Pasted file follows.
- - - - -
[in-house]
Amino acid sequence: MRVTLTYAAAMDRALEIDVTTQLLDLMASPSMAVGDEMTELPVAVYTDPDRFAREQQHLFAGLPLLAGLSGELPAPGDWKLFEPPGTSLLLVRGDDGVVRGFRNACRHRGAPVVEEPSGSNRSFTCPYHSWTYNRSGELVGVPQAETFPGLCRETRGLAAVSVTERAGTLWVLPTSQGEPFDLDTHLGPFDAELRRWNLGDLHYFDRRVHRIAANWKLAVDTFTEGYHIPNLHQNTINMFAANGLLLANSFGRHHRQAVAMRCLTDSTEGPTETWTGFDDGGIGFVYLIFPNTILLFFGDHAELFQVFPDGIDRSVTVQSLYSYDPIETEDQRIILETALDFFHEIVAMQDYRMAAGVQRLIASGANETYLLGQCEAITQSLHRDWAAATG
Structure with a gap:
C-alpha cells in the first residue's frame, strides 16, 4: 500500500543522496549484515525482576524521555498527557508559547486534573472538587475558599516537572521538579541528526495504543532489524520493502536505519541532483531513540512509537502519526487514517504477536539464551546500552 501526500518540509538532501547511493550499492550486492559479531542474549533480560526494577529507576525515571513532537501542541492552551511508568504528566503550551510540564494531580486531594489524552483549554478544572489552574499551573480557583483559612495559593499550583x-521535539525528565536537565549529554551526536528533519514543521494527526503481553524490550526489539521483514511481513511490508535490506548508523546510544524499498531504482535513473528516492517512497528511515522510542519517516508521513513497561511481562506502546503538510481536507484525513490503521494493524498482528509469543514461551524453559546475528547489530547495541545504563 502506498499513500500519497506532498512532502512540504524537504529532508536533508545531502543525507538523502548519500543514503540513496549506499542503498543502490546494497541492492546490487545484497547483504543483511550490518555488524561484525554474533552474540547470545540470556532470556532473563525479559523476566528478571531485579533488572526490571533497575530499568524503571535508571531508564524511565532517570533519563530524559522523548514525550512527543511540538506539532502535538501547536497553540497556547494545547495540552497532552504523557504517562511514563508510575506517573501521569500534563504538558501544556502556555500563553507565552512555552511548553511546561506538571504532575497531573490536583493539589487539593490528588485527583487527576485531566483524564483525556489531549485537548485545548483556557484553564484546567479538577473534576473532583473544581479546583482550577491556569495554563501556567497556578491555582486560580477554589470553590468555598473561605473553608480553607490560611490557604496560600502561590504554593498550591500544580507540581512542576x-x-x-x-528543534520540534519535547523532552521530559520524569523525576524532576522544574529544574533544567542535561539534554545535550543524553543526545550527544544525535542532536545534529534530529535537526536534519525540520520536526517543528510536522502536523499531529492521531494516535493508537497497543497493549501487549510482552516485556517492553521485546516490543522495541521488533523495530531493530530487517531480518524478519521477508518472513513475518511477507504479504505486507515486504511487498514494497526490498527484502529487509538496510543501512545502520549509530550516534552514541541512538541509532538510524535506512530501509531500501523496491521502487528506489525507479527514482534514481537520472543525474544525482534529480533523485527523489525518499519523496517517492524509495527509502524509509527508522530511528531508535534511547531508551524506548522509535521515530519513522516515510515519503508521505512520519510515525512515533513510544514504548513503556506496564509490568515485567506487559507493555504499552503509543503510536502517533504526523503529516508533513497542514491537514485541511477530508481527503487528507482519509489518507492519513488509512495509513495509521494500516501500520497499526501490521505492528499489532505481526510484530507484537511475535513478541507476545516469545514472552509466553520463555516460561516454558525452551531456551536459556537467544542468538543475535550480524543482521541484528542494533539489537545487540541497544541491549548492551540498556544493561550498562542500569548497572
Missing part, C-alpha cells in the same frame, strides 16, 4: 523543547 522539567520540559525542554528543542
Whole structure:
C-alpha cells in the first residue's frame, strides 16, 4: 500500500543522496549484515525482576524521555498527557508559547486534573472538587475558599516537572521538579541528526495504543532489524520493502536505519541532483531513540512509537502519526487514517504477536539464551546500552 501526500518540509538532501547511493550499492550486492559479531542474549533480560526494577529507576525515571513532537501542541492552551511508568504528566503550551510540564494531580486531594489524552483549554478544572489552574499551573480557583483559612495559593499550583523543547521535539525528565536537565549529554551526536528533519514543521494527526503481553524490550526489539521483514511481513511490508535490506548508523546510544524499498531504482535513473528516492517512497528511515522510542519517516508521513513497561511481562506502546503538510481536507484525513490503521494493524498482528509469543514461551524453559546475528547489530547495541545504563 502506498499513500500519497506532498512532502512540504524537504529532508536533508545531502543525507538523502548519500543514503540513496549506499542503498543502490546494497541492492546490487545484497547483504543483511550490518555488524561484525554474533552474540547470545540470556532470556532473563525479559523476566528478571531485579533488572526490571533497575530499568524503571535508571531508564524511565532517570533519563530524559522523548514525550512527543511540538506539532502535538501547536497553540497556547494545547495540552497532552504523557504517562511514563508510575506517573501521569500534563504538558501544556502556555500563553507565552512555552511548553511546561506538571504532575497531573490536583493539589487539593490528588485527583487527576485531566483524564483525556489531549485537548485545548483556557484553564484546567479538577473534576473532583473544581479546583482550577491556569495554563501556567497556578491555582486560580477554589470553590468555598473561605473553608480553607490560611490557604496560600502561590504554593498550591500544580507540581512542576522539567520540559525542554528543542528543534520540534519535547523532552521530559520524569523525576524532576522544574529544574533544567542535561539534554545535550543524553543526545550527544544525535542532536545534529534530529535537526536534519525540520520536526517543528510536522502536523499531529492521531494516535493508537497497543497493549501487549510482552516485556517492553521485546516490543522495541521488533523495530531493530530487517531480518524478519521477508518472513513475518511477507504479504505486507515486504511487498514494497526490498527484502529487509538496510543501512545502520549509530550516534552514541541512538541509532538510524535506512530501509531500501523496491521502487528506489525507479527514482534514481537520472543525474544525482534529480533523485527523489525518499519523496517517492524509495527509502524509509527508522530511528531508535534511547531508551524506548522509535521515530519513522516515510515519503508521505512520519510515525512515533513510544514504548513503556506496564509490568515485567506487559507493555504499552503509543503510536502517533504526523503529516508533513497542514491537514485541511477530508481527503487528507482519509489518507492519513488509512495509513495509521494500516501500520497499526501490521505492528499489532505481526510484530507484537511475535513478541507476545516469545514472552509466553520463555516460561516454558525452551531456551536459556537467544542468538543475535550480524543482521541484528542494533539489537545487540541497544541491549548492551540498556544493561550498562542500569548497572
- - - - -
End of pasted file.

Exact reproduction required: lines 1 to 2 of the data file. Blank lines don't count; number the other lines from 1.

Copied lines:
[in-house]
Amino acid sequence: MRVTLTYAAAMDRALEIDVTTQLLDLMASPSMAVGDEMTELPVAVYTDPDRFAREQQHLFAGLPLLAGLSGELPAPGDWKLFEPPGTSLLLVRGDDGVVRGFRNACRHRGAPVVEEPSGSNRSFTCPYHSWTYNRSGELVGVPQAETFPGLCRETRGLAAVSVTERAGTLWVLPTSQGEPFDLDTHLGPFDAELRRWNLGDLHYFDRRVHRIAANWKLAVDTFTEGYHIPNLHQNTINMFAANGLLLANSFGRHHRQAVAMRCLTDSTEGPTETWTGFDDGGIGFVYLIFPNTILLFFGDHAELFQVFPDGIDRSVTVQSLYSYDPIETEDQRIILETALDFFHEIVAMQDYRMAAGVQRLIASGANETYLLGQCEAITQSLHRDWAAATG